Why it would be primitive for King Abdullah II of Jordan to feel confident about giving advise to his Arab counterparts - considering the determination of the Arab street.
The situation in Syria has been precarious for some time. Sporadic uprisings by sections of the population, armed gangs sniping at security forces, the government sending in the tanks and innocent civilians caught in the crossfire. As if that was not enough, the spectacle of descent into sectarian strife, international sanctions and now suspension from the Arab League; surely means somebody in the Damascus regime could benefit from a more honest and introspective evaluation of the real causes for the breakdown.
But for the neighboring Sandhurst-trained ruler of Jordan, the strength of his own survival, he seems to believe, lies not in defence but in attack. Perhaps this explains his recent advice for Syria's President Assad, whom he asked to step down for the sake of starting a new phase in his country's political life. If they were the words of a rational Arab citizen who was enraged by the prevailing situation in Syria, one would probably have good grounds to reason with him.
But when you're the absolute ruler of a country, albeit under the guise of a constitutional monarchy; your words will certainly make for a sexy soundbite but probative of little else.
Indeed King Abdullah is not a ruler who has suddenly found it difficult to "tear' away his eyes from a fellow Arab ruler's capacity to do evil, or for feeling it's vital to speak out when other Arab neighbours are silent and withdrawn. Israel and America's best friend in the Arab world had failed miserably to utter anything substantive about the earlier uprisings in the region.
So what's behind the turnaround?
As an absolute monarch, ruling is sacrosanct. Jordan is in part of the word where time is measured by the amount of blood spilled, and his heart -- and his work - is in the lust for power. Ever since the early days of the Arab spring, he has secretly been straddling the razor-wire fence in an attempt to ward of the potential for an Arab street rising up at home.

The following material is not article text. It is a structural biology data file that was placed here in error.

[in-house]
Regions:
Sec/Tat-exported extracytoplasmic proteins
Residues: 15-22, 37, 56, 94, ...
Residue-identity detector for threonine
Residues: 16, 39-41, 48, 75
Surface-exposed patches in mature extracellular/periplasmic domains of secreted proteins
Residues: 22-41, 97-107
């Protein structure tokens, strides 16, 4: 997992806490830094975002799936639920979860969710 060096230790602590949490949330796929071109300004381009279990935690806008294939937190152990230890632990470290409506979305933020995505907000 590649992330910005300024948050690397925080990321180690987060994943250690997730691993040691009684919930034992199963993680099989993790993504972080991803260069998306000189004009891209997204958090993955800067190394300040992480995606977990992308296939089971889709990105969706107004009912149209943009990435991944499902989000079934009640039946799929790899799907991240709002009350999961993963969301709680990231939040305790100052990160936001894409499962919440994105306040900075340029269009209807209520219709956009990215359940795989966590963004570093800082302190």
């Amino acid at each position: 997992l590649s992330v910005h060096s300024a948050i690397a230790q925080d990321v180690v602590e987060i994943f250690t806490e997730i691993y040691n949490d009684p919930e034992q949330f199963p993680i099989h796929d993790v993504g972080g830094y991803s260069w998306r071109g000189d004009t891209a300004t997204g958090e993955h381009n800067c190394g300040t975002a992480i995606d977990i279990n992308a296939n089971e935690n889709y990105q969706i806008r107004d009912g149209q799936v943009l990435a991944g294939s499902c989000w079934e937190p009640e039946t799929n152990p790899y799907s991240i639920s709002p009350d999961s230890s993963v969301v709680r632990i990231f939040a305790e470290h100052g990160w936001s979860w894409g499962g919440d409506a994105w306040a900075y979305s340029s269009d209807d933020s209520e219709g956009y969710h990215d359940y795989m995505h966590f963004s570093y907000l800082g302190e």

The remarks on Assad reflect nervousness in the Kings court that the continued uprisings will embolden anti-government protests at home. His comments were all about appearing to be on the side of the revolting masses, that he was a champion of peaceful transitions of power and reformist agendas.
But just like Assad who in February this year said that the political uprisings in Tunisia and Egypt would not spread to his country because of the anti-western alliances it made, the Jordanian ruler should be made aware that opportunistic words will do nothing to deflect opposition at home. And with good reason.
It began with predominantly trade union protests in January 2011 which led to thousands, including Muslim Brotherhood and Leftist parties, pouring onto the streets to demand a reversal of economic policies that were causing hardship to the common man. But rather than send his secret police in and exact a hellish vengeance on those uprising, he realised he needed to strike boldly and go for the jugular. The Prime-Minister was soon sacked.
But as the Arab spring gained momentum elsewhere, the zeal of Jordanian opposition increased. More protests erupted, deaths were reported and hundreds were injured in clashes with the Kings Police. He then tried to alleviate the indifferences by reducing fuel and utility prices, reformed freedom and information laws, and met with senior opposition figures to give the appearance that he was hearing out them out.
But the demonstrations persisted, somewhat sporadically. Demands for stripping the Kings powers including denying him the right to appoint the prime-minister soon became a rallying cry. Frequent clashes broke between pro and anti-government supporters; reports of the Kings motorcade being attacked trickled in but were denied.
The Kings motorcade, we were told, was only ever met with throngs of enthusiastic supporters.
Over the summer months, violence and police brutality took another twist with the beatings of journalists and protestors alike. However in keeping in line with the presenting a democratic face for his regime, a seldom experience in the Arab world, the government promised compensation and an enquiry into the clashes.
To stave off the demonstration effect from the likes of Egypt and Tunisia, another prime-minister was given the boot and only last month the third incumbent since the uprisings began was appointed.
It's clear there is silent panic in the Royal household. The King understands that despite the western and regional backing he receives, a rule void of human justice and morality will not succeed. He has so far been lenient, in comparison to his regional counterparts, with the opposition.